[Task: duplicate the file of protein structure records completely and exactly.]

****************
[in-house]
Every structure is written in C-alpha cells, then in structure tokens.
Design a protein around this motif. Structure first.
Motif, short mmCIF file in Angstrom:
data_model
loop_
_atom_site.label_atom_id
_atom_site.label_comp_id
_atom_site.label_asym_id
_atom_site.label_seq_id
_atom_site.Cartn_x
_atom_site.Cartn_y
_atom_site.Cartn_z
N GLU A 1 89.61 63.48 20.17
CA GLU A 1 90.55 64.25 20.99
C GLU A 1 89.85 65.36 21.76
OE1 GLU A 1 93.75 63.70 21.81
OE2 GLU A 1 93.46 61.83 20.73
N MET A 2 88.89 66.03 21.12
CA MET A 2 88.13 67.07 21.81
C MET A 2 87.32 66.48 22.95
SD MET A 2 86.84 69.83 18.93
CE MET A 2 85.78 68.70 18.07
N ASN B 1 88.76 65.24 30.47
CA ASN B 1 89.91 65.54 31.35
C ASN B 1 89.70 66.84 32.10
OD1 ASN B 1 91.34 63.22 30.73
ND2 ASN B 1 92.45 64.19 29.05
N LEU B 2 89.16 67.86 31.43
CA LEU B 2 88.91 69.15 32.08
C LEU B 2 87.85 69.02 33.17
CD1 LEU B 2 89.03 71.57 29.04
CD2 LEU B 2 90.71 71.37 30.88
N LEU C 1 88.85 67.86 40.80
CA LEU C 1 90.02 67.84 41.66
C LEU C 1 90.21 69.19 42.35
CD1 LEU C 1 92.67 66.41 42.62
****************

[in-house]
Every structure is written in C-alpha cells, then in structure tokens.
Design a protein around this motif. Structure first.
Motif, short mmCIF file in Angstrom:
data_model
loop_
_atom_site.label_atom_id
_atom_site.label_comp_id
_atom_site.label_asym_id
_atom_site.label_seq_id
_atom_site.Cartn_x
_atom_site.Cartn_y
_atom_site.Cartn_z
N GLU A 1 89.61 63.48 20.17
CA GLU A 1 90.55 64.25 20.99
C GLU A 1 89.85 65.36 21.76
OE1 GLU A 1 93.75 63.70 21.81
OE2 GLU A 1 93.46 61.83 20.73
N MET A 2 88.89 66.03 21.12
CA MET A 2 88.13 67.07 21.81
C MET A 2 87.32 66.48 22.95
SD MET A 2 86.84 69.83 18.93
CE MET A 2 85.78 68.70 18.07
N ASN B 1 88.76 65.24 30.47
CA ASN B 1 89.91 65.54 31.35
C ASN B 1 89.70 66.84 32.10
OD1 ASN B 1 91.34 63.22 30.73
ND2 ASN B 1 92.45 64.19 29.05
N LEU B 2 89.16 67.86 31.43
CA LEU B 2 88.91 69.15 32.08
C LEU B 2 87.85 69.02 33.17
CD1 LEU B 2 89.03 71.57 29.04
CD2 LEU B 2 90.71 71.37 30.88
N LEU C 1 88.85 67.86 40.80
CA LEU C 1 90.02 67.84 41.66
C LEU C 1 90.21 69.19 42.35
CD1 LEU C 1 92.67 66.41 42.62